Each organization’s self-service BI requirements will be different, but I hope this product review (and comparison with the upcoming PowerPivot) has provided you some good content to begin your evaluation process. Both products have their strengths and weaknesses. Tableau has issued a blog post regarding how it foresees future integration with PowerPivot (http://www.tableausoftware.com/blog/microsoft-project-gemini-compelling-to-tableau-software ). A hybrid environment of leveraging Tableau for rich visualizations querying against the scalable In-Memory BI (IMBI) databases of PowerPivot for SharePoint 2010 would be the best of both worlds, but also the most costly.

 

 

Tableau BI Suite
PROS: Rich, exploratory self-service analytical environment; free Reader and thin-client viewing capabilities; easy installation and configuration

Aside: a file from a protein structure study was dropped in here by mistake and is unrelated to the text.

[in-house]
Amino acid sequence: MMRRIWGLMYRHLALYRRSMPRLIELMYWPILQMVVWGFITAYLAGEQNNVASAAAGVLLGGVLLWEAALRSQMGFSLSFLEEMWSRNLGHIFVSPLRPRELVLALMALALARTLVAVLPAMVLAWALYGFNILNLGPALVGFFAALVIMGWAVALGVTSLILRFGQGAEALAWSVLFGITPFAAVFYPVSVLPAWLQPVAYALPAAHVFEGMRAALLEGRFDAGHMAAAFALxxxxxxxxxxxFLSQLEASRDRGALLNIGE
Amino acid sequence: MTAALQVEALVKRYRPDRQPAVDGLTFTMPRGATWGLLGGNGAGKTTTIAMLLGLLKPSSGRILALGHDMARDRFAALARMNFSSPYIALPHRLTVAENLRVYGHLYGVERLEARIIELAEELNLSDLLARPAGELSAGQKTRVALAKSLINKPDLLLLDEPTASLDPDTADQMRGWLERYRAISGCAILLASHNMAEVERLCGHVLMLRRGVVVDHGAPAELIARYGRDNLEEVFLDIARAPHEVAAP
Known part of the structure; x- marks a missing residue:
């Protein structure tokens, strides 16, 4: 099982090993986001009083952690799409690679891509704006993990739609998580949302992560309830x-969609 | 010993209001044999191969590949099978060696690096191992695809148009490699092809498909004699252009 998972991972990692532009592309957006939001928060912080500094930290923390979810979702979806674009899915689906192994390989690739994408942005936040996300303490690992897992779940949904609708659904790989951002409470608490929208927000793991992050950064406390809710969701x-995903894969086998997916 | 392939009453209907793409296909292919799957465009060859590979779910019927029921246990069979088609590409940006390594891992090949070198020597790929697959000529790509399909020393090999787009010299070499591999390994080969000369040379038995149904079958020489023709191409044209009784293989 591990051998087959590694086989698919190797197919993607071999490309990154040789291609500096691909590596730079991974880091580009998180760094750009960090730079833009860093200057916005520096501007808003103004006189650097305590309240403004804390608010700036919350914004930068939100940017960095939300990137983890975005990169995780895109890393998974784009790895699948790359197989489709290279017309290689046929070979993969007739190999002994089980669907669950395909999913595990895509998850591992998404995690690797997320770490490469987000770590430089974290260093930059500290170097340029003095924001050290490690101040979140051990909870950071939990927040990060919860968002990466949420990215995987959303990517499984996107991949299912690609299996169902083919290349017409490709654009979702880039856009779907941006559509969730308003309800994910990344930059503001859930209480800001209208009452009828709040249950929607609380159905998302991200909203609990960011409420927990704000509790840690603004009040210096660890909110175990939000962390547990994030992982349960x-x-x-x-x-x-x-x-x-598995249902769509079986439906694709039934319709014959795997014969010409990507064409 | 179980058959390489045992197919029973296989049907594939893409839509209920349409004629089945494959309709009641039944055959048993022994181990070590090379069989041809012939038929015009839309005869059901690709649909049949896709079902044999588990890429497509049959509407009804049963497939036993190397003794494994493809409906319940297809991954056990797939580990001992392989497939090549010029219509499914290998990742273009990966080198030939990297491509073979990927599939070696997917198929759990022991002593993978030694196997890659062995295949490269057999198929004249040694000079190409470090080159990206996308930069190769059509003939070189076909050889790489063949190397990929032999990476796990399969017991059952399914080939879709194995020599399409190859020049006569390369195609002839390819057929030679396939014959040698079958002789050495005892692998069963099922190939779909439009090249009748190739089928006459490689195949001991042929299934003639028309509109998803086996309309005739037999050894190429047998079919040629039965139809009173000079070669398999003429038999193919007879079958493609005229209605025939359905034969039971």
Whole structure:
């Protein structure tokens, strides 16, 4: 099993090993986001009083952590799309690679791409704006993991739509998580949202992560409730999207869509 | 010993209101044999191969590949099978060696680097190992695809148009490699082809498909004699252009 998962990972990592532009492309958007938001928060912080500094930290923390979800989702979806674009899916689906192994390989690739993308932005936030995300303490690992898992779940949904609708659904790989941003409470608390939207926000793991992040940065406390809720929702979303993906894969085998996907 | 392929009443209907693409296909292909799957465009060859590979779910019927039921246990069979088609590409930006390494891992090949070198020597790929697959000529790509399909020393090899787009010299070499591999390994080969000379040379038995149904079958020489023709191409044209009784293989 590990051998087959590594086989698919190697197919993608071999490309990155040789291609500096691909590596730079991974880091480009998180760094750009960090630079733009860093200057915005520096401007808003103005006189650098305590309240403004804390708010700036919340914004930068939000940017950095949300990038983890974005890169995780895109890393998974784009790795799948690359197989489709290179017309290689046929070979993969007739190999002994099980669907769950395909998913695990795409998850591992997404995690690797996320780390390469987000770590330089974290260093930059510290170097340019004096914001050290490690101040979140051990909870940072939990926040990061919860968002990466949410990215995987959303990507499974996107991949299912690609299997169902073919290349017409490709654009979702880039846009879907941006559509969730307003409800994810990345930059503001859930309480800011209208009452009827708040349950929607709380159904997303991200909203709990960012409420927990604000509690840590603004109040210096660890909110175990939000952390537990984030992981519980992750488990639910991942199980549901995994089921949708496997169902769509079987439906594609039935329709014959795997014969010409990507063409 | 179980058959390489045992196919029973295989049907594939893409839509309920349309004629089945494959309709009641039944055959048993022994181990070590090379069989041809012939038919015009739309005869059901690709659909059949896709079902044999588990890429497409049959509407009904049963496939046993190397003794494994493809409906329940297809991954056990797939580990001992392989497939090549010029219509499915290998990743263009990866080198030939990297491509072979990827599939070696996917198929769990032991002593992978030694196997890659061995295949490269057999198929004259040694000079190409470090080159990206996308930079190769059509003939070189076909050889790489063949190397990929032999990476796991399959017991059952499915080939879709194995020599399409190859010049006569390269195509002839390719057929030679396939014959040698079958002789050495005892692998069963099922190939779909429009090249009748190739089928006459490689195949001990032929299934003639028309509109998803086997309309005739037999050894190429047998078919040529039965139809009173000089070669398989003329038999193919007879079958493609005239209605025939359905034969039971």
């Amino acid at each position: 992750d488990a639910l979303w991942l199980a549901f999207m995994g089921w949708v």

CONS: Extracts do not support in-memory storage; Separate client required; non-MMC management consoles
RATING:4 out of five stars
PRICE: Reader – Free; Desktop Personal Edition - $999; Desktop Professional Edition - $1,800; Tableau Server – Contact Company B
RECOMMENDATION: If you want rich self-service Business Intelligence (BI) interfaces, Tableau is a strong choice. However, if you're more focused on tight integration with the Microsoft BI platform, altering data sets inside of a client tool, and scalability for large datasets wait for Microsoft PowerPivot.

CONTACT: Contact: sales@tableausoftware.com • 206.633.3400 http://www.tableausoftware.com